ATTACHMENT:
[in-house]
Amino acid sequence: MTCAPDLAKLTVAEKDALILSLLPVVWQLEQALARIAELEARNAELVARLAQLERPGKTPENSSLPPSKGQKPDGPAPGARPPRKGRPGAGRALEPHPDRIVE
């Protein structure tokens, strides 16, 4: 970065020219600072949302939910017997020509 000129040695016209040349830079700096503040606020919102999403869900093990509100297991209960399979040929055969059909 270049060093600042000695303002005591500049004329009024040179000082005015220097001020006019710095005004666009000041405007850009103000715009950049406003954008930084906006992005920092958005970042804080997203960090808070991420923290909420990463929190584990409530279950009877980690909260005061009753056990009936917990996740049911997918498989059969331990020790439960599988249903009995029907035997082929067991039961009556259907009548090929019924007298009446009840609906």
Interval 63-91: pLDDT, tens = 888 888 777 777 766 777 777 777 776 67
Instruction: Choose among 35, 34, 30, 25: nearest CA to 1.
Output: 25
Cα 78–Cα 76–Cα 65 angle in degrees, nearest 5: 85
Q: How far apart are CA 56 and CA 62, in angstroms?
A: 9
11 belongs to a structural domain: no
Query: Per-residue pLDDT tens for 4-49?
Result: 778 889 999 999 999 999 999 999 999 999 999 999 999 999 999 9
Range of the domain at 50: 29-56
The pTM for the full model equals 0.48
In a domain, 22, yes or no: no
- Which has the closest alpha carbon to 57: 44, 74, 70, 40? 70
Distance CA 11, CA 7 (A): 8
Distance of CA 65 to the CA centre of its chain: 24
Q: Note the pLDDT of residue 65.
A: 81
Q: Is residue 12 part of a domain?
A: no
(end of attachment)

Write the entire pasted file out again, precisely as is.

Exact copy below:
[in-house]
Amino acid sequence: MTCAPDLAKLTVAEKDALILSLLPVVWQLEQALARIAELEARNAELVARLAQLERPGKTPENSSLPPSKGQKPDGPAPGARPPRKGRPGAGRALEPHPDRIVE
């Protein structure tokens, strides 16, 4: 970065020219600072949302939910017997020509 000129040695016209040349830079700096503040606020919102999403869900093990509100297991209960399979040929055969059909 270049060093600042000695303002005591500049004329009024040179000082005015220097001020006019710095005004666009000041405007850009103000715009950049406003954008930084906006992005920092958005970042804080997203960090808070991420923290909420990463929190584990409530279950009877980690909260005061009753056990009936917990996740049911997918498989059969331990020790439960599988249903009995029907035997082929067991039961009556259907009548090929019924007298009446009840609906």
Interval 63-91: pLDDT, tens = 888 888 777 777 766 777 777 777 776 67
Instruction: Choose among 35, 34, 30, 25: nearest CA to 1.
Output: 25
Cα 78–Cα 76–Cα 65 angle in degrees, nearest 5: 85
Q: How far apart are CA 56 and CA 62, in angstroms?
A: 9
11 belongs to a structural domain: no
Query: Per-residue pLDDT tens for 4-49?
Result: 778 889 999 999 999 999 999 999 999 999 999 999 999 999 999 9
Range of the domain at 50: 29-56
The pTM for the full model equals 0.48
In a domain, 22, yes or no: no
- Which has the closest alpha carbon to 57: 44, 74, 70, 40? 70
Distance CA 11, CA 7 (A): 8
Distance of CA 65 to the CA centre of its chain: 24
Q: Note the pLDDT of residue 65.
A: 81
Q: Is residue 12 part of a domain?
A: no